I also figured a hike over the fell would be a great way to start the day tomorrow. It would be something to look forward to, certainly much more inspiring than the wetland I'd have to cross now.
I made my decision. Wetland it would be. And, boy, was I right.
As I stumbled along from root to rock and back again to squishy moss, the grey hulk of Aakenus eyed me from the north, its long, kidney shape enclosing me, drawing me towards the saddle between its west and east peaks.
The sky turned dark – for a moment I thought the sun was setting, then remembered where I was. There'd be no sunset for a month. The sudden darkness was an approaching storm.
Rain began to patter down, and as the area was open and the rain not too unpleasant, I opened up my Euroshirm umbrella and strolled through the marshland like the English gentleman that I am.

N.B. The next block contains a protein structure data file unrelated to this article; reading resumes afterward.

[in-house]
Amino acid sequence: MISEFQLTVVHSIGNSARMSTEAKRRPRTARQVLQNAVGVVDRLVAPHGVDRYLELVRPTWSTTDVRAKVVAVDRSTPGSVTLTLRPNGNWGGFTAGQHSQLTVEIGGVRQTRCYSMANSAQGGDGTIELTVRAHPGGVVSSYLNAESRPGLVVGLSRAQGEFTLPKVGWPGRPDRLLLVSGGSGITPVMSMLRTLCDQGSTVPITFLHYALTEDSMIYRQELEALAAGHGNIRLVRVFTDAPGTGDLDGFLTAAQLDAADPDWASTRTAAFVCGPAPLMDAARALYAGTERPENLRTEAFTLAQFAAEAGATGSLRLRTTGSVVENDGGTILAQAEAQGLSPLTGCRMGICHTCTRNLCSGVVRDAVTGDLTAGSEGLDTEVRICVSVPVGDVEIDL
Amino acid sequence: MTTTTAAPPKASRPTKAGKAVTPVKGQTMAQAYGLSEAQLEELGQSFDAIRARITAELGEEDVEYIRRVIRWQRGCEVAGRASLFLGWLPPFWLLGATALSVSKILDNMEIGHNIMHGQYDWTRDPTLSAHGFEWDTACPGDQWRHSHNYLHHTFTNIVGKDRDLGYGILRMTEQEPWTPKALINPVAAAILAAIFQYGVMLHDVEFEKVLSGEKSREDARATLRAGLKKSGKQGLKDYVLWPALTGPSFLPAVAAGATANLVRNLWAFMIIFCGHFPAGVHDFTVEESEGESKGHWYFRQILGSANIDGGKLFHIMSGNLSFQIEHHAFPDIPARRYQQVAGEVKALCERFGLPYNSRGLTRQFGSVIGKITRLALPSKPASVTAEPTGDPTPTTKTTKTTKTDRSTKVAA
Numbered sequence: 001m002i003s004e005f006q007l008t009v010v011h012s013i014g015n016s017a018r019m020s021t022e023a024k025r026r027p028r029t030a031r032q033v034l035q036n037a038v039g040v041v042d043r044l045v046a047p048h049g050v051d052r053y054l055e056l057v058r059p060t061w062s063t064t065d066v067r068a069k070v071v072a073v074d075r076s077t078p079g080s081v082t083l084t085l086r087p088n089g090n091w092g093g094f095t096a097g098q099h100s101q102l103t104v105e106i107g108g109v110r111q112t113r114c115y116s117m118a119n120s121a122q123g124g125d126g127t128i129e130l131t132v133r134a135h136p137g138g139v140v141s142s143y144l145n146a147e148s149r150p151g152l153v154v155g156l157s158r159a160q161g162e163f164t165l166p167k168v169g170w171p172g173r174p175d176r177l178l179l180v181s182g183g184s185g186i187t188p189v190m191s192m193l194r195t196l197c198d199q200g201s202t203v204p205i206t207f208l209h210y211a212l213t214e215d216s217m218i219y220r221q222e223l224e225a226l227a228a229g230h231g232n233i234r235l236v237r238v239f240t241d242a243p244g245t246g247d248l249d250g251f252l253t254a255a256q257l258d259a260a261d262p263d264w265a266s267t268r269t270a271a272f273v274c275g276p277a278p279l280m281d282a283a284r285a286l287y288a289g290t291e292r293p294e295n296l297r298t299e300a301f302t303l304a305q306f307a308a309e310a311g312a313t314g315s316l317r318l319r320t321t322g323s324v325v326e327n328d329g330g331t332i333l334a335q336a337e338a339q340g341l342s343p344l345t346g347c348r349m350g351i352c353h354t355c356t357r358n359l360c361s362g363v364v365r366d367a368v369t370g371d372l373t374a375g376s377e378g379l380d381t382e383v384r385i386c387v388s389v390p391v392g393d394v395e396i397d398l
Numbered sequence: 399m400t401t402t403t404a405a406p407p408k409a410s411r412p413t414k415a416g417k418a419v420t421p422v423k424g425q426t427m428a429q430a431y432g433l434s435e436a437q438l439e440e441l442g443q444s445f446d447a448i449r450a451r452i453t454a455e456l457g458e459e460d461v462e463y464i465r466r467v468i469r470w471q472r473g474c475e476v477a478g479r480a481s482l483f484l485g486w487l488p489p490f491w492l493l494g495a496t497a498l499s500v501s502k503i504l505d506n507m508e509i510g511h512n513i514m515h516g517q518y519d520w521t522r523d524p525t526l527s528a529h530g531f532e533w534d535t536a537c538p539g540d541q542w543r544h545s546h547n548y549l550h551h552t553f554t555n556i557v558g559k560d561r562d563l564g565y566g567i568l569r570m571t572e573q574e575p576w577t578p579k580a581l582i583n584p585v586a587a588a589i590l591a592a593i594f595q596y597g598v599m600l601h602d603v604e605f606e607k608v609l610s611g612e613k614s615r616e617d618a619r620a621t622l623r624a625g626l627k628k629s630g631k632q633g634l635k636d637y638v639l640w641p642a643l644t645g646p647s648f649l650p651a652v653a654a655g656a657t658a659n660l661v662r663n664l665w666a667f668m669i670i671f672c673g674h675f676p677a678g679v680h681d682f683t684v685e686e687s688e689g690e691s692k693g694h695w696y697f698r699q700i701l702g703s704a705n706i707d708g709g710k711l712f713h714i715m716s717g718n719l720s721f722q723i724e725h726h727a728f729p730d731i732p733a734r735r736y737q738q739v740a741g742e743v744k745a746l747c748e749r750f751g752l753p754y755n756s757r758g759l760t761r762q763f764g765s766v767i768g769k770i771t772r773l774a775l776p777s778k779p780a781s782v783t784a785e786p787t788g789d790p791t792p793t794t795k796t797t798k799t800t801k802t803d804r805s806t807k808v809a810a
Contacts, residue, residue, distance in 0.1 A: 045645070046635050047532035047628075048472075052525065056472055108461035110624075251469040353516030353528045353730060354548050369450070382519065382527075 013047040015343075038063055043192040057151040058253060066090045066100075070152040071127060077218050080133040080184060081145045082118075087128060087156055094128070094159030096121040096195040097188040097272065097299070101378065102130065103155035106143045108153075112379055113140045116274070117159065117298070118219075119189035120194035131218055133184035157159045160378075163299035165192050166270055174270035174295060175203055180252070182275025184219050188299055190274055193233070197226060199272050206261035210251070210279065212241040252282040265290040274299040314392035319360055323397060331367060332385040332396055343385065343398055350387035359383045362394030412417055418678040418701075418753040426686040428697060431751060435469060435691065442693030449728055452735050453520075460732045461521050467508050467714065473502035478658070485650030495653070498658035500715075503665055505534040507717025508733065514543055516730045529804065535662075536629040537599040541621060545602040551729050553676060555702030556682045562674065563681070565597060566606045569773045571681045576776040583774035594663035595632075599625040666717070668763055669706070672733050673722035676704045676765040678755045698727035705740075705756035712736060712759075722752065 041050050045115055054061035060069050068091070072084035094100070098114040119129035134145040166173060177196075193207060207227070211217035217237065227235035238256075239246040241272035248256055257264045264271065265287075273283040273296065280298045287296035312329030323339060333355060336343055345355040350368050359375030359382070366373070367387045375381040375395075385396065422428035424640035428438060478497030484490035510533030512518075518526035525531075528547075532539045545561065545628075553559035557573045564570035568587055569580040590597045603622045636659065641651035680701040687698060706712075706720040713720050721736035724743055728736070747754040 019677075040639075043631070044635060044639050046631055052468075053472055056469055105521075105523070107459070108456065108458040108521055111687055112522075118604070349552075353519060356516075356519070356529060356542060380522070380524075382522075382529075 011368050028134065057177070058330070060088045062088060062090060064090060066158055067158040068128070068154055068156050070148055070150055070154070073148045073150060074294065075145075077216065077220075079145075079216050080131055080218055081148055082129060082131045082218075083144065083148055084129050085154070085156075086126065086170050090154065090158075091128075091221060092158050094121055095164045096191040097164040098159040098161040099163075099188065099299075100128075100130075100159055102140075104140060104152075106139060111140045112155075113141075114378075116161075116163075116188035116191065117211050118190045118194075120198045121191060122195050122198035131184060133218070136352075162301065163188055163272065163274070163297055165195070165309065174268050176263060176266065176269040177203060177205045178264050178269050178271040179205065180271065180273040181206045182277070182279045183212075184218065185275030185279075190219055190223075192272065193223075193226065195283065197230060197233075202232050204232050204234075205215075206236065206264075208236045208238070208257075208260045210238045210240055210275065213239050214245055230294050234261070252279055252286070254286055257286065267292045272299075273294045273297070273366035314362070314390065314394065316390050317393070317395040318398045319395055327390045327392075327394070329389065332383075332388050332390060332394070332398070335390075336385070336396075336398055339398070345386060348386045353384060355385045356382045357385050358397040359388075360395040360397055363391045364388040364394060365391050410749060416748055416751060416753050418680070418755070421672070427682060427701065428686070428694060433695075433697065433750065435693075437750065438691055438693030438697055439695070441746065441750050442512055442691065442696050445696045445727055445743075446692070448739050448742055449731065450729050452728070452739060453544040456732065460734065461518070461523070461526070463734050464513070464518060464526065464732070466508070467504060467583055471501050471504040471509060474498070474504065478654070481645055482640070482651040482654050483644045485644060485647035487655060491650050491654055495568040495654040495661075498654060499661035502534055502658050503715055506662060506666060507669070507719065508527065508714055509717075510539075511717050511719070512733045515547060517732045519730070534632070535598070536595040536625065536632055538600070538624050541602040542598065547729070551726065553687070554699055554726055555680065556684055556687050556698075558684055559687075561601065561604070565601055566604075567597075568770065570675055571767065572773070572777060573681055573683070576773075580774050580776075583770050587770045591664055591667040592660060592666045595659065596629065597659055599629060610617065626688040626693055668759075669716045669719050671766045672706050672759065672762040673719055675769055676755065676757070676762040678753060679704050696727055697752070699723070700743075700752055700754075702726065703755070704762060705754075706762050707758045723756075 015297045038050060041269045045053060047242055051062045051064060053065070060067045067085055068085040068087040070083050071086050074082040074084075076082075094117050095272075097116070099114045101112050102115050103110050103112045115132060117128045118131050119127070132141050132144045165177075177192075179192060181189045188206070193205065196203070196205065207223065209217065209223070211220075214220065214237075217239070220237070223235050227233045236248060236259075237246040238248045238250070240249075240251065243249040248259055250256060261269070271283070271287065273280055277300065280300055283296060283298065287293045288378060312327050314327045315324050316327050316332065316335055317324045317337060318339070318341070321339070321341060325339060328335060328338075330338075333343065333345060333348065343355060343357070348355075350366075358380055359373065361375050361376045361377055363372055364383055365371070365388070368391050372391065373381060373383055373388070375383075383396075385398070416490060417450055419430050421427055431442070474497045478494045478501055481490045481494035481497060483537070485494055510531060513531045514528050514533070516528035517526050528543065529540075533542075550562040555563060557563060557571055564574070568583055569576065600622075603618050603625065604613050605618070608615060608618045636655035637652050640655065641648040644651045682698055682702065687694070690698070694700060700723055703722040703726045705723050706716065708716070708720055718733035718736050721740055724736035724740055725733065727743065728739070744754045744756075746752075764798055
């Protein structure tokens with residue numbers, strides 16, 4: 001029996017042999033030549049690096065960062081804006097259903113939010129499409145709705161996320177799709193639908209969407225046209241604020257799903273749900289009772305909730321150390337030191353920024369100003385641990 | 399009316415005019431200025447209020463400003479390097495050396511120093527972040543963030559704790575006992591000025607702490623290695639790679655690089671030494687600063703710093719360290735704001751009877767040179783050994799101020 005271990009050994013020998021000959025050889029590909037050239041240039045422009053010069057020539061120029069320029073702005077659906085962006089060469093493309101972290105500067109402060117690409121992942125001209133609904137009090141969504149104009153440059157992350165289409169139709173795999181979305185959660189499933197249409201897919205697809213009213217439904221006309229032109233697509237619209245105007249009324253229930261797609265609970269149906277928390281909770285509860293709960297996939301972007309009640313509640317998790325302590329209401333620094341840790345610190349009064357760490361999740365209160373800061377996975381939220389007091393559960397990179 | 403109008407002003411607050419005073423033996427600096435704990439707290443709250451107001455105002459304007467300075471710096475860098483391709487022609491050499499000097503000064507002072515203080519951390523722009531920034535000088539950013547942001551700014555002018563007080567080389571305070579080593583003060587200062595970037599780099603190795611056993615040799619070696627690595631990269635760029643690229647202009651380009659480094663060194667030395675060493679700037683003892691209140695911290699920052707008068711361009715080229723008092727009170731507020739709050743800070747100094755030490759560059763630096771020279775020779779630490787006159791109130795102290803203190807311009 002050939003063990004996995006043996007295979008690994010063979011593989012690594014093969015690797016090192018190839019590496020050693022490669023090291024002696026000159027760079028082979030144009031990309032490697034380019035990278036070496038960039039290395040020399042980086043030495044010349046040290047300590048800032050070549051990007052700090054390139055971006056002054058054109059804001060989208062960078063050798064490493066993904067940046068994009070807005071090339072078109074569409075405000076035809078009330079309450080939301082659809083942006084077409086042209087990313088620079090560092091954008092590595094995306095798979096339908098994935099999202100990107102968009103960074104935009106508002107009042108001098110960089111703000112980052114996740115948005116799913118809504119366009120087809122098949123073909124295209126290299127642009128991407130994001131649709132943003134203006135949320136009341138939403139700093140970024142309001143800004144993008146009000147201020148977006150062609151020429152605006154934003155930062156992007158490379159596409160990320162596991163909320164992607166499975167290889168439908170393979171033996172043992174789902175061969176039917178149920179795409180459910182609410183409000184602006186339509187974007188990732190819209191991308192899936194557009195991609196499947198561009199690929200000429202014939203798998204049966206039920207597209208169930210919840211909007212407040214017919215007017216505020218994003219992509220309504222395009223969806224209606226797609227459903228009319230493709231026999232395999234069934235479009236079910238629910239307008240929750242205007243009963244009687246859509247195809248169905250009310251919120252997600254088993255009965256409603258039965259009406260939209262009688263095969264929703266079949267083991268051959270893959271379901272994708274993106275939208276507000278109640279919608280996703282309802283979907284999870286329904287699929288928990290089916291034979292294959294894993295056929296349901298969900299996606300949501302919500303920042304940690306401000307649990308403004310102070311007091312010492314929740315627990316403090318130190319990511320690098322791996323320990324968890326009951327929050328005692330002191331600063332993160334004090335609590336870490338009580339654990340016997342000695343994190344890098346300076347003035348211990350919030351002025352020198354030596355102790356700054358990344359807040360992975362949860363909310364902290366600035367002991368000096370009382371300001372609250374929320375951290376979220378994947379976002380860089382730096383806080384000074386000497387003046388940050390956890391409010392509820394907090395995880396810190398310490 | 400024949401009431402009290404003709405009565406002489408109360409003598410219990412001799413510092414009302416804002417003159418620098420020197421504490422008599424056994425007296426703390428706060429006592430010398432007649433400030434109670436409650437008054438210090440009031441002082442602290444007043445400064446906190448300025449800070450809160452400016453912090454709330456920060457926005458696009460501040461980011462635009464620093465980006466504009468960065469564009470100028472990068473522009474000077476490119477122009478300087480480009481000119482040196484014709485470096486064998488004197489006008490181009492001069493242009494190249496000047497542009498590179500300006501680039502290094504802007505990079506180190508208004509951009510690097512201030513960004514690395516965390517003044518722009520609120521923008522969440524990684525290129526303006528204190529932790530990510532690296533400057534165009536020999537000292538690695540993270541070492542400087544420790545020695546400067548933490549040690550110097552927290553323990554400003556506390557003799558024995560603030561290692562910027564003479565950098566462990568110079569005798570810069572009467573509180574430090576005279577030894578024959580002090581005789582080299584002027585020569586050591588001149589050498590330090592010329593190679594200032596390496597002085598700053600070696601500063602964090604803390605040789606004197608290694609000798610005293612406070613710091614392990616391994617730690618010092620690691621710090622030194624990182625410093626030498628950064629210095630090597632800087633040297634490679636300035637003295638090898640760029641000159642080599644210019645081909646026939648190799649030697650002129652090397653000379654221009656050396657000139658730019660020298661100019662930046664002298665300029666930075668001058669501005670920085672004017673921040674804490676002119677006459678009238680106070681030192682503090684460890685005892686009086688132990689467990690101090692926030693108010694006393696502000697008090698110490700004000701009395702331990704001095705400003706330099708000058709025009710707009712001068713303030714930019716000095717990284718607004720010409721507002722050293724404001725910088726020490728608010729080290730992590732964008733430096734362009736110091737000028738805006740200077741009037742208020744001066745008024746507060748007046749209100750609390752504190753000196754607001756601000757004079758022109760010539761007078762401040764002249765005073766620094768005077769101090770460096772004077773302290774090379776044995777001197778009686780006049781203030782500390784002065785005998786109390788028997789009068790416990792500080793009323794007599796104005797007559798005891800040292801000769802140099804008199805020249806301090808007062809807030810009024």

Soon, I knew, I would have to cross that mire. And soon, I came the the duckboards that would lead me across the expanse – just in time for the thunder to rip the skies open so the rain could come bucketing down. I was very glad then not to be walking on top of the fell.
An open marsh isn't the smartest place to play umbrella roulette with a storm, so it was time for the
to fulfill its destiny. My Colombia trousers (how wonderful to write trousers instead of pants!) were also pretty wet so there wan't much point in putting on rain pants (dammit!). They'd dry fast once I got a fire going.
I enjoyed walking across the mire in the pouring rain. It was a strangely calming and meditative. Just me and the elements. I realised that throughout the entire walk that day I'd hardly noticed my backpack, it's weight surely key to the distance and speed I'd walked. I checked my watch: it wasn't even 6pm. I was well ahead of my estimations.